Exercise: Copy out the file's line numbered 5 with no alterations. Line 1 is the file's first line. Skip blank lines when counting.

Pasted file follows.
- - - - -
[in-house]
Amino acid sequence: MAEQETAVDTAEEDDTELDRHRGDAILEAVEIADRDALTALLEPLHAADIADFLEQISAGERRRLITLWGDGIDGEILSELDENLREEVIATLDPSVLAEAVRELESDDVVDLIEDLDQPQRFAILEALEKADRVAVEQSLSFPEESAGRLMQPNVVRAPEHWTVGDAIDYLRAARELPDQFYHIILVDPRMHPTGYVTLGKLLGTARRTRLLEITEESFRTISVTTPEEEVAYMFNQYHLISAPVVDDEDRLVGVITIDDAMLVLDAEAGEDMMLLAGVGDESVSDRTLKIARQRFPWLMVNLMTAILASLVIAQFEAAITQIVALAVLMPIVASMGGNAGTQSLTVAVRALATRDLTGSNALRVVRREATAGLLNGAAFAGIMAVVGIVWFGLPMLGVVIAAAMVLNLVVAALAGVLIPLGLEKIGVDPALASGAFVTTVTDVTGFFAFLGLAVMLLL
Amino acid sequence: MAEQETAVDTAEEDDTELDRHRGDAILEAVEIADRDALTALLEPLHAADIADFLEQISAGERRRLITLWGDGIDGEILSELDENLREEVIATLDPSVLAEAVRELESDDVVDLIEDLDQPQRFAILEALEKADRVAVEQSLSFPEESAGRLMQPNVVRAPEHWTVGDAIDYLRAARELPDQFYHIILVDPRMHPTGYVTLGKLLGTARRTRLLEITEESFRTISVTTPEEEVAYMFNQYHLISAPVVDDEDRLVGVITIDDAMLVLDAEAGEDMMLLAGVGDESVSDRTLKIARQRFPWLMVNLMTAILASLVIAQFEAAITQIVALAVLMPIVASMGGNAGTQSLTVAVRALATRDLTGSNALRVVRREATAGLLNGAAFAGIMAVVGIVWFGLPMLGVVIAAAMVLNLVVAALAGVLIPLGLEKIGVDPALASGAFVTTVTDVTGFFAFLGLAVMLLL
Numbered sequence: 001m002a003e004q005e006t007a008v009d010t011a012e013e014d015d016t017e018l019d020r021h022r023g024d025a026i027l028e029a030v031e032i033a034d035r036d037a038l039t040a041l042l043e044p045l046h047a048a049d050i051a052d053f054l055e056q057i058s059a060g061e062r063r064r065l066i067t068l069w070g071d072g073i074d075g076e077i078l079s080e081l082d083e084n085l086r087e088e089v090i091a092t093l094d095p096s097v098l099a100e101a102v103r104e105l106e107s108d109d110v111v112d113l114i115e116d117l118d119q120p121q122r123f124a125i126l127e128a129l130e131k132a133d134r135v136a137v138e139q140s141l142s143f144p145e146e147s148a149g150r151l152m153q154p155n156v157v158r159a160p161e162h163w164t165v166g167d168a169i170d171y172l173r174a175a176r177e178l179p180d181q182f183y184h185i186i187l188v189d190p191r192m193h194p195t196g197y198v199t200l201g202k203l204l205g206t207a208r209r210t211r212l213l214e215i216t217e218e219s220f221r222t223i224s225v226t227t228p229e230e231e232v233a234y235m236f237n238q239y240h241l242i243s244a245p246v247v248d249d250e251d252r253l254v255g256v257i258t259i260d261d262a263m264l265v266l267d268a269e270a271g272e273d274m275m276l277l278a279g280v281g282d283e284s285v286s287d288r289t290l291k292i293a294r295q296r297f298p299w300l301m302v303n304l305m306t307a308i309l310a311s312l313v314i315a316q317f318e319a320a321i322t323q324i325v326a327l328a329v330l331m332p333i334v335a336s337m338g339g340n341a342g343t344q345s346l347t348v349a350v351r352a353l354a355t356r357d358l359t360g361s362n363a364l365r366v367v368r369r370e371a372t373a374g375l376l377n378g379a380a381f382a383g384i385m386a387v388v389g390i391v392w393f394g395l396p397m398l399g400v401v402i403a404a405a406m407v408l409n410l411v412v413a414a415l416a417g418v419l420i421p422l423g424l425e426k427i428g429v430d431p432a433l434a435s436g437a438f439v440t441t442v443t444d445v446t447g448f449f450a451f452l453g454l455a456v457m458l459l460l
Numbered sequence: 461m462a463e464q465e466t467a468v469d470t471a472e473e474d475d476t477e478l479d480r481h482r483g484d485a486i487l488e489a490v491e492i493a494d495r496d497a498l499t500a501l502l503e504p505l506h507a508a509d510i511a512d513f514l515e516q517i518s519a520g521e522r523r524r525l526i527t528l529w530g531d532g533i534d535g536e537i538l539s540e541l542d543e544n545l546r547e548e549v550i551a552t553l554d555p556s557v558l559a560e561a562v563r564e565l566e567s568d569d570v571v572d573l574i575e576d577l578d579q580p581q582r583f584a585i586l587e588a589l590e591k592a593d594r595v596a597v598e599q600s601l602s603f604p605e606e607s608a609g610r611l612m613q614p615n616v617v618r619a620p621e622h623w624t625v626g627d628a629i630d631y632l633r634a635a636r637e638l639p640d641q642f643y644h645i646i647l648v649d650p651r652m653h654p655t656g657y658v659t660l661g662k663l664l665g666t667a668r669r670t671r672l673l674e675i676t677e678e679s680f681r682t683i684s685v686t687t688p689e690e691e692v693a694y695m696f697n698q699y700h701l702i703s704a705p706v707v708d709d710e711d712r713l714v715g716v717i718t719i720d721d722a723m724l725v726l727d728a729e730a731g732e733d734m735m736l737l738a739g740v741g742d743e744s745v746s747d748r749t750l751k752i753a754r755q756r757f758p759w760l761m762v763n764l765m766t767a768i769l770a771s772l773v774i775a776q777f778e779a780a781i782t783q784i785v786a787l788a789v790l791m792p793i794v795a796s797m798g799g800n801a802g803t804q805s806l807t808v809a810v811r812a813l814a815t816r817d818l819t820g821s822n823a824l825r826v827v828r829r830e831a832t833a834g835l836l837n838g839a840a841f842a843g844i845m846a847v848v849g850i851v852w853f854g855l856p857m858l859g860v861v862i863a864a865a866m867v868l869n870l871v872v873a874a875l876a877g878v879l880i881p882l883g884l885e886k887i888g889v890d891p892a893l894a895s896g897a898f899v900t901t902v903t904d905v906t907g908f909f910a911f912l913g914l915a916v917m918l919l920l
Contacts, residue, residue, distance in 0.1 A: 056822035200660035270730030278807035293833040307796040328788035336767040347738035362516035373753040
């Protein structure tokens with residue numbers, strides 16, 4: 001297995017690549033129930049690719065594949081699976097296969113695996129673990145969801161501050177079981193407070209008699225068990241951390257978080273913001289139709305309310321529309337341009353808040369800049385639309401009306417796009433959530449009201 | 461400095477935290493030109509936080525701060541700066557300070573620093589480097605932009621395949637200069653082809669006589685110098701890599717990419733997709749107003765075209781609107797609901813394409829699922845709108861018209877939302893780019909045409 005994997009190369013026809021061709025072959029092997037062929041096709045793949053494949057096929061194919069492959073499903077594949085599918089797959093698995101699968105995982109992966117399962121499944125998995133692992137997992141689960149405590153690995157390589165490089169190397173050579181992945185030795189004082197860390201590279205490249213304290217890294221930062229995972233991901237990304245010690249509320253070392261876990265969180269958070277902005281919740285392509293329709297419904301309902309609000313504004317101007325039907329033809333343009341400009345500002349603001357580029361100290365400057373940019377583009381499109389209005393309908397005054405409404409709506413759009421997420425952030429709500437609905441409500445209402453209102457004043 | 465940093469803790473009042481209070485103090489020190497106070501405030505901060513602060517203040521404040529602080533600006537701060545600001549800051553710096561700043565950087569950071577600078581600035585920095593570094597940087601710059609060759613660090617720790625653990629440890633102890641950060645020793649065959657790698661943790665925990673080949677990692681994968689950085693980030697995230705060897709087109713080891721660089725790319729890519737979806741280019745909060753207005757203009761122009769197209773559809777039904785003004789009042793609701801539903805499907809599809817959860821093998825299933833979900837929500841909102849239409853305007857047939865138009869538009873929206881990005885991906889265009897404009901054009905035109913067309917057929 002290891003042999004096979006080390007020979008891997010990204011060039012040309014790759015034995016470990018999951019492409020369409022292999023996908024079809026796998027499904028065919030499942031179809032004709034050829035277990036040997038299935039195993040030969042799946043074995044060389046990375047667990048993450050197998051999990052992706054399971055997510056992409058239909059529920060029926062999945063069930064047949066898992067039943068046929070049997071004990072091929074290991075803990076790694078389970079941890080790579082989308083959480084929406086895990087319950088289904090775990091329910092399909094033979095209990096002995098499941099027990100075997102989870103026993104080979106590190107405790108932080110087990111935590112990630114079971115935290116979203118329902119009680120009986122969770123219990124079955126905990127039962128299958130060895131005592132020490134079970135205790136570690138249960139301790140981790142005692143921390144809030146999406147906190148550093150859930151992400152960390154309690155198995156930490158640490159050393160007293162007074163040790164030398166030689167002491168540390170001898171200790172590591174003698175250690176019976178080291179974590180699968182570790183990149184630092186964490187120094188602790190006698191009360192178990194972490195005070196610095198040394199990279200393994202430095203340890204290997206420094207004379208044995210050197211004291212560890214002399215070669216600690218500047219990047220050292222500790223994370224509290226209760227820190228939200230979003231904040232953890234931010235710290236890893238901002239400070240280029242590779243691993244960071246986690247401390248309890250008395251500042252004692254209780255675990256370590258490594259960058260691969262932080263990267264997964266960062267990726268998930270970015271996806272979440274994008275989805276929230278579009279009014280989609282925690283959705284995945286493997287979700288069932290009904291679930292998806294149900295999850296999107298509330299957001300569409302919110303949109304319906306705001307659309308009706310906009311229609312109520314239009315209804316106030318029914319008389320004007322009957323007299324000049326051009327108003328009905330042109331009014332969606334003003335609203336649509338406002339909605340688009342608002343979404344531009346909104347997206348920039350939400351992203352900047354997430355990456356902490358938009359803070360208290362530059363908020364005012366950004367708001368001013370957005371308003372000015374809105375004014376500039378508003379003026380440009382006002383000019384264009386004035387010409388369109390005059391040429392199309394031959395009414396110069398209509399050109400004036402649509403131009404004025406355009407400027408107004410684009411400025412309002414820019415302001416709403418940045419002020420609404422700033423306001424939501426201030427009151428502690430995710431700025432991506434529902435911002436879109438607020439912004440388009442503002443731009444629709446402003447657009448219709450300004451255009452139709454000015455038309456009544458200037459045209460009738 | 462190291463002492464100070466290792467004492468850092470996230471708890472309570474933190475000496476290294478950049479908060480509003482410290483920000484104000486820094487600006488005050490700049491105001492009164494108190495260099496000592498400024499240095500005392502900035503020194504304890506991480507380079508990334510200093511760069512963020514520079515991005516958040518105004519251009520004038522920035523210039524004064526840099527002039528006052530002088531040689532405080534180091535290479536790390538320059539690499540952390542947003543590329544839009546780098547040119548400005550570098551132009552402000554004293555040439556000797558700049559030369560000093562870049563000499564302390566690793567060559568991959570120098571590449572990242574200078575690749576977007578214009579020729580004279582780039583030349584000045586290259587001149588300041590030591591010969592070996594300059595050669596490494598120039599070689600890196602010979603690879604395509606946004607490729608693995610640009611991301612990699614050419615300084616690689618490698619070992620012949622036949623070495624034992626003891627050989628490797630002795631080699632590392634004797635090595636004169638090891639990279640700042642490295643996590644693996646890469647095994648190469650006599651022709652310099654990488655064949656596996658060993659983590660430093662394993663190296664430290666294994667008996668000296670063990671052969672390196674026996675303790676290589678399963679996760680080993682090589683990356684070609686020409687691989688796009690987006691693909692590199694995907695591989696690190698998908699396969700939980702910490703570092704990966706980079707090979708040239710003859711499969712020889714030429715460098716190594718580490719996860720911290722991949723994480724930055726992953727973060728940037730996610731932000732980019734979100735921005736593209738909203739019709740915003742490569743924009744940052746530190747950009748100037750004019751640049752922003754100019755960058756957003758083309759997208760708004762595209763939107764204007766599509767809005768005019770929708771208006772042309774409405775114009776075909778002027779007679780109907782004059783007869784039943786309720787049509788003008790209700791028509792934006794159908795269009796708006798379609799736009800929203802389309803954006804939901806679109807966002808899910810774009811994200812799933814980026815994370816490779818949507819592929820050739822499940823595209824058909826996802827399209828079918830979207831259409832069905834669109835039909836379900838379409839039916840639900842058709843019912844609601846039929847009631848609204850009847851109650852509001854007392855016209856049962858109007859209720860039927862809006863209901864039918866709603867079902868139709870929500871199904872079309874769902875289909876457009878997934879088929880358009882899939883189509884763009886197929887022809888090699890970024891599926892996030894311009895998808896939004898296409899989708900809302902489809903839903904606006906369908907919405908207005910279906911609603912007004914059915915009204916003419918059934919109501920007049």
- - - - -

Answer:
Numbered sequence: 461m462a463e464q465e466t467a468v469d470t471a472e473e474d475d476t477e478l479d480r481h482r483g484d485a486i487l488e489a490v491e492i493a494d495r496d497a498l499t500a501l502l503e504p505l506h507a508a509d510i511a512d513f514l515e516q517i518s519a520g521e522r523r524r525l526i527t528l529w530g531d532g533i534d535g536e537i538l539s540e541l542d543e544n545l546r547e548e549v550i551a552t553l554d555p556s557v558l559a560e561a562v563r564e565l566e567s568d569d570v571v572d573l574i575e576d577l578d579q580p581q582r583f584a585i586l587e588a589l590e591k592a593d594r595v596a597v598e599q600s601l602s603f604p605e606e607s608a609g610r611l612m613q614p615n616v617v618r619a620p621e622h623w624t625v626g627d628a629i630d631y632l633r634a635a636r637e638l639p640d641q642f643y644h645i646i647l648v649d650p651r652m653h654p655t656g657y658v659t660l661g662k663l664l665g666t667a668r669r670t671r672l673l674e675i676t677e678e679s680f681r682t683i684s685v686t687t688p689e690e691e692v693a694y695m696f697n698q699y700h701l702i703s704a705p706v707v708d709d710e711d712r713l714v715g716v717i718t719i720d721d722a723m724l725v726l727d728a729e730a731g732e733d734m735m736l737l738a739g740v741g742d743e744s745v746s747d748r749t750l751k752i753a754r755q756r757f758p759w760l761m762v763n764l765m766t767a768i769l770a771s772l773v774i775a776q777f778e779a780a781i782t783q784i785v786a787l788a789v790l791m792p793i794v795a796s797m798g799g800n801a802g803t804q805s806l807t808v809a810v811r812a813l814a815t816r817d818l819t820g821s822n823a824l825r826v827v828r829r830e831a832t833a834g835l836l837n838g839a840a841f842a843g844i845m846a847v848v849g850i851v852w853f854g855l856p857m858l859g860v861v862i863a864a865a866m867v868l869n870l871v872v873a874a875l876a877g878v879l880i881p882l883g884l885e886k887i888g889v890d891p892a893l894a895s896g897a898f899v900t901t902v903t904d905v906t907g908f909f910a911f912l913g914l915a916v917m918l919l920l